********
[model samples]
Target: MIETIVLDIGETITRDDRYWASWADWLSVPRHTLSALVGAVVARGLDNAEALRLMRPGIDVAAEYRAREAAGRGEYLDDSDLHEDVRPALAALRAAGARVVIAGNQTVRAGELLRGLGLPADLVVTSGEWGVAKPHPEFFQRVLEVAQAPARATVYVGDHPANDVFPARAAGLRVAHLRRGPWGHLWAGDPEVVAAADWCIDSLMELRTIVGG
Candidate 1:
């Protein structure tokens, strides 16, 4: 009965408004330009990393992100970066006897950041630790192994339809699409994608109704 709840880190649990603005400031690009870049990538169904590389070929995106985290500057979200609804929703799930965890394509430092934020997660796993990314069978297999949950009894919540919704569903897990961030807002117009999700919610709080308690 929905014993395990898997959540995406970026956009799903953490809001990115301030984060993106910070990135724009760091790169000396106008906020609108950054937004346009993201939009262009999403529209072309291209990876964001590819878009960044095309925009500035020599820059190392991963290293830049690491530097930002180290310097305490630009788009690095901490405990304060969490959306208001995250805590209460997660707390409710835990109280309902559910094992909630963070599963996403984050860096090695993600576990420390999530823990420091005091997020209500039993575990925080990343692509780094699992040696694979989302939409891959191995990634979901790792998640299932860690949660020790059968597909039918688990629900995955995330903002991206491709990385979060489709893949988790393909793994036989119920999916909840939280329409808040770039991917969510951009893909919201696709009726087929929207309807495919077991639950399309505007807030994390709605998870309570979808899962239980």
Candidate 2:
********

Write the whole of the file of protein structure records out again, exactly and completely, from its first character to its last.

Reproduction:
[model samples]
Target: MIETIVLDIGETITRDDRYWASWADWLSVPRHTLSALVGAVVARGLDNAEALRLMRPGIDVAAEYRAREAAGRGEYLDDSDLHEDVRPALAALRAAGARVVIAGNQTVRAGELLRGLGLPADLVVTSGEWGVAKPHPEFFQRVLEVAQAPARATVYVGDHPANDVFPARAAGLRVAHLRRGPWGHLWAGDPEVVAAADWCIDSLMELRTIVGG
Candidate 1:
């Protein structure tokens, strides 16, 4: 009965408004330009990393992100970066006897950041630790192994339809699409994608109704 709840880190649990603005400031690009870049990538169904590389070929995106985290500057979200609804929703799930965890394509430092934020997660796993990314069978297999949950009894919540919704569903897990961030807002117009999700919610709080308690 929905014993395990898997959540995406970026956009799903953490809001990115301030984060993106910070990135724009760091790169000396106008906020609108950054937004346009993201939009262009999403529209072309291209990876964001590819878009960044095309925009500035020599820059190392991963290293830049690491530097930002180290310097305490630009788009690095901490405990304060969490959306208001995250805590209460997660707390409710835990109280309902559910094992909630963070599963996403984050860096090695993600576990420390999530823990420091005091997020209500039993575990925080990343692509780094699992040696694979989302939409891959191995990634979901790792998640299932860690949660020790059968597909039918688990629900995955995330903002991206491709990385979060489709893949988790393909793994036989119920999916909840939280329409808040770039991917969510951009893909919201696709009726087929929207309807495919077991639950399309505007807030994390709605998870309570979808899962239980």
Candidate 2: